Although the heat spreader brings in additional thermal resistance (0.3°C/W) on the way from the processor's die to a heatsink it makes possible to reduce 2-3 times an effective heat-flux density and considerably weaken influence of a spreading resistance effect which takes place when surfaces of a heat source and a heatsink base differ much in the FC-PGA package. As a result, a real thermal resistance of the processor-cooler system decreases considerably. One more advantage of the FC-PGA2 case is better mechanical protection of a processor's die in case of longitudinal loads. It allows increasing acceptable hold-down pressure for fastening mechanisms of coolers/heat exchangers, and, therefore, it makes heat losses in thermal interfaces lower (thermal grease layer, phase change material etc.).

The design becomes simpler and a cost of a cooling system reduces at the expence of the optimized (from the thermal standpoint) FC-PGA2 package.

Thermal power remains dangerous for a processor if a cooling system fails. The problem can be solved by using the temperature monitoring technology for a processor.

A thermal diode has been being used for a long time for temperature control of ICs heavy loaded with heat. Voltage drop on a p-n junction depends on its temperature. Later the thermal diode was incorporated in Intel Pentium II/Celeron and now it is installed into AMD Athlon MP/XP.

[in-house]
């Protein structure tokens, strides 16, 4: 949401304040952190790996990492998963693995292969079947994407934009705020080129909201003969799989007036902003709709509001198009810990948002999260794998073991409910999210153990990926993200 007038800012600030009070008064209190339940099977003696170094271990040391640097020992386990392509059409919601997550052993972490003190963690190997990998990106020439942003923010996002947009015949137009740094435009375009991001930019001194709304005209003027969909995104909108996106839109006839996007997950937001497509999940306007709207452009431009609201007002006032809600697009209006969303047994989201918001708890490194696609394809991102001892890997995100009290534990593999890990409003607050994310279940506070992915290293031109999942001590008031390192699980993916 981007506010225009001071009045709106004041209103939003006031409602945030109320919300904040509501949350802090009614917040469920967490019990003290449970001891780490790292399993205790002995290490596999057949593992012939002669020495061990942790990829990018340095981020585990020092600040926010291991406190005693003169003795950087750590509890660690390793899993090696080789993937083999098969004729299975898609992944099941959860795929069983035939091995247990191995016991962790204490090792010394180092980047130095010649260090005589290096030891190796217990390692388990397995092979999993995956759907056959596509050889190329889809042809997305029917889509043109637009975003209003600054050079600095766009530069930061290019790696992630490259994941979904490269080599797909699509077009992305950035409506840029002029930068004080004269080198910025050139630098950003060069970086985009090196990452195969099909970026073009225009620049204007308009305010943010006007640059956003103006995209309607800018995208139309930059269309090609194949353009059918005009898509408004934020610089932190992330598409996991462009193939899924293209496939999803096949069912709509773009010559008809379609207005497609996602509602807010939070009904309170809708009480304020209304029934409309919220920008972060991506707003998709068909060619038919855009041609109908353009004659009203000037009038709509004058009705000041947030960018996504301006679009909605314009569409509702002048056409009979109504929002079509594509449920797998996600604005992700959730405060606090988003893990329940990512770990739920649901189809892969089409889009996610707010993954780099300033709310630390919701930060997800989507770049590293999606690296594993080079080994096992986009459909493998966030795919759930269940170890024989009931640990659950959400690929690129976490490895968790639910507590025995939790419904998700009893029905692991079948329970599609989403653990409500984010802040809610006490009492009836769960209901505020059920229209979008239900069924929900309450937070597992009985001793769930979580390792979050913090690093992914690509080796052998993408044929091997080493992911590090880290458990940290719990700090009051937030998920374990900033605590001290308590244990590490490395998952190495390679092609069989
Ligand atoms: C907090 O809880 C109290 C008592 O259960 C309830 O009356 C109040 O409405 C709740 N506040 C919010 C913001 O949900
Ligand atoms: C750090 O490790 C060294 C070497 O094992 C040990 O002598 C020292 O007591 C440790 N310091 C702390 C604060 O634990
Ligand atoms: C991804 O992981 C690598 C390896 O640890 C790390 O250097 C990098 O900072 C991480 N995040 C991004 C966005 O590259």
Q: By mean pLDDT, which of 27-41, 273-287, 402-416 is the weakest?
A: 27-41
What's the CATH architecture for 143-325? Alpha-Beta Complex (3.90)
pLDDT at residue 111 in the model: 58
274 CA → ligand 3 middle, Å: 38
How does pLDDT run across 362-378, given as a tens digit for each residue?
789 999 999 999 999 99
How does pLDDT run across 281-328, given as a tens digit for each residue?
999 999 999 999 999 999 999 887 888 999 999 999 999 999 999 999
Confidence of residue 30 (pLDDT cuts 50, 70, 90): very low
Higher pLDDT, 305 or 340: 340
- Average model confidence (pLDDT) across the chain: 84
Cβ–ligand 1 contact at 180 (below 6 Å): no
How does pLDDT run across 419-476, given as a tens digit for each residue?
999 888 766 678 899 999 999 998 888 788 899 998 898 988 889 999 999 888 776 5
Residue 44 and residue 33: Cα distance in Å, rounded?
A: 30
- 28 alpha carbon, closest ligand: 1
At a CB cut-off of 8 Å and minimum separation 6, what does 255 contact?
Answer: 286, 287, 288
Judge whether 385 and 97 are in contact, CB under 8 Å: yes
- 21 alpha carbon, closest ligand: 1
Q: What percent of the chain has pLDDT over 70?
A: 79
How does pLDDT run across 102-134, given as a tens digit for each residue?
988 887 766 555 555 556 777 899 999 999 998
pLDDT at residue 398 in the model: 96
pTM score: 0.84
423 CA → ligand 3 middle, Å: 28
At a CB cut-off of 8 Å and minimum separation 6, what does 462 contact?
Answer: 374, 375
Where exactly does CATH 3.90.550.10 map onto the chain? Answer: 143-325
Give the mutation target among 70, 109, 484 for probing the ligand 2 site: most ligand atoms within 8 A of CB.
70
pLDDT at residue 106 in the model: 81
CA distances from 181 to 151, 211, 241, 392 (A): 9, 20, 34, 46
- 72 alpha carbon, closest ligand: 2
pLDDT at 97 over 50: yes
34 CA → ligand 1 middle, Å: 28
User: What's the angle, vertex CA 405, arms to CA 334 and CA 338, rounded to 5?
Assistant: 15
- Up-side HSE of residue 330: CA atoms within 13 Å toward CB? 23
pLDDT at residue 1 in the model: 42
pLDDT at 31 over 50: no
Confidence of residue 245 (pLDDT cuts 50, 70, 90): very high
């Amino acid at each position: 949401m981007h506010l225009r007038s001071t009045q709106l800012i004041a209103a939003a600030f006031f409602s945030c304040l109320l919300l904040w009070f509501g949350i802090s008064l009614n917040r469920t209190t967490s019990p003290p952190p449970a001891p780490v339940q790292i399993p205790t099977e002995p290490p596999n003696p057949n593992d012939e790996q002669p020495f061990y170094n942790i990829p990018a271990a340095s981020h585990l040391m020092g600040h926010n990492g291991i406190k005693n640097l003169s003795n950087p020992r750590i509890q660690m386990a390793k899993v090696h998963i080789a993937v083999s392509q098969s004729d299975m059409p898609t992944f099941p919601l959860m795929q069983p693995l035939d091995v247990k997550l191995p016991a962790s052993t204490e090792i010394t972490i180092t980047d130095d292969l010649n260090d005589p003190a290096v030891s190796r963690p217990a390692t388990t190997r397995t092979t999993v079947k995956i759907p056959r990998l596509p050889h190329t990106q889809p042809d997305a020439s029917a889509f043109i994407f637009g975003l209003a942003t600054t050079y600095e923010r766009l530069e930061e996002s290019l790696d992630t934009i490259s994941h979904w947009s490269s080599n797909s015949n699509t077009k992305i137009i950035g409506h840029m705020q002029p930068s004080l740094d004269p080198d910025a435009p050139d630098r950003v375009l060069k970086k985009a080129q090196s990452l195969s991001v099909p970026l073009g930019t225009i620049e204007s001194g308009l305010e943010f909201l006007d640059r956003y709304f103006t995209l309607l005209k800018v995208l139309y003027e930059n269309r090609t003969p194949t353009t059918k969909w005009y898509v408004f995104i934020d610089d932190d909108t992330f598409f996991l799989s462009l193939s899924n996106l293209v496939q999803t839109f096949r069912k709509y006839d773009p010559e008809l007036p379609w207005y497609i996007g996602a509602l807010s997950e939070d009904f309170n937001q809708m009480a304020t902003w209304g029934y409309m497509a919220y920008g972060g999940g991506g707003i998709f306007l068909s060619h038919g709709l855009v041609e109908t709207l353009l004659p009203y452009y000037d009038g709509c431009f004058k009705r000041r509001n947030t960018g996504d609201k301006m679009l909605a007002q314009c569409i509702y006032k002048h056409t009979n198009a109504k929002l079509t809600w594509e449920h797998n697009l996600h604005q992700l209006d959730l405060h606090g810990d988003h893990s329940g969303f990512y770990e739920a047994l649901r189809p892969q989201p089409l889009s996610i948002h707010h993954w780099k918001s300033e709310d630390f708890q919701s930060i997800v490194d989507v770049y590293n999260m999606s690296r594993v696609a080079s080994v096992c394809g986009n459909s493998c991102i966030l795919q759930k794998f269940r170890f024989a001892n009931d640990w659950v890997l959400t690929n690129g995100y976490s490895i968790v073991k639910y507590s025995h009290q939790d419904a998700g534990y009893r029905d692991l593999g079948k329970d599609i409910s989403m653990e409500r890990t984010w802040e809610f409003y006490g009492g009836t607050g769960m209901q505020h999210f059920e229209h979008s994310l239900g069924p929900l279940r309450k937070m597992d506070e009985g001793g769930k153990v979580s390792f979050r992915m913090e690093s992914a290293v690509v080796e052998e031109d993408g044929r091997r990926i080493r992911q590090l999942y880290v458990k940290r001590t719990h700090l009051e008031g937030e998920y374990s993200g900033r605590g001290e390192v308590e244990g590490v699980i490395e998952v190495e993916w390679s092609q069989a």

The thermal diode's temperature doesn't depend on environment and reflects a real die's temperature and its changes. Any methods of external measuring do not make possible to estimate die's temperature objectively as it is inaccessible, and temperature of an IC package much depends on its design philosophy and environment. Besides, stability of characteristics of temperature converter also depends on environment, and they are, as a rule, nonlinear.

However, not always temperature measured with a thermal diode is objective. In course of normal operation of the Pentium 4 (and Athlon XP) temperature can jump within the range of 30-50°C/s. Digital monitoring ICs can't process diode's measurements faster than 8 times/sec (conversion time is 125 ms and higher). It means that the measured temperature is behind the real temperature of the die. The bigger the jumps, the greater the error: when a cooling system fails the temperature jump can be 60°C/sec and more and the temperature lag will be at least 7°C. That is why classical thermal monitoring schemes do not suit the Pentium 4.

All Intel processors starting from Pentium Pro have a temperature sensor and an analog comparison circuit meant for detecting catastrophic overheating. This sensor, like a thermal diode, is a diode-connected transistor but now based on a reverse-biased p-n junction and a dependence of the junction reverse current on temperature. Diode's current is measured with a comparator with a reference source current which is adjusted so that the comparator would react on a definite temperature value. A response time of such circuit is just several hundreds nanoseconds, that is why it can be found out quickly if a temperature exceeds the limits. As a result, if a temperature of an Intel CPU is more than 125-135°C, this comparison circuit stops sending clocks to all processor nodes, the THERMTRIP# signal reports on catastrophic overheating and the processor VRM turns off.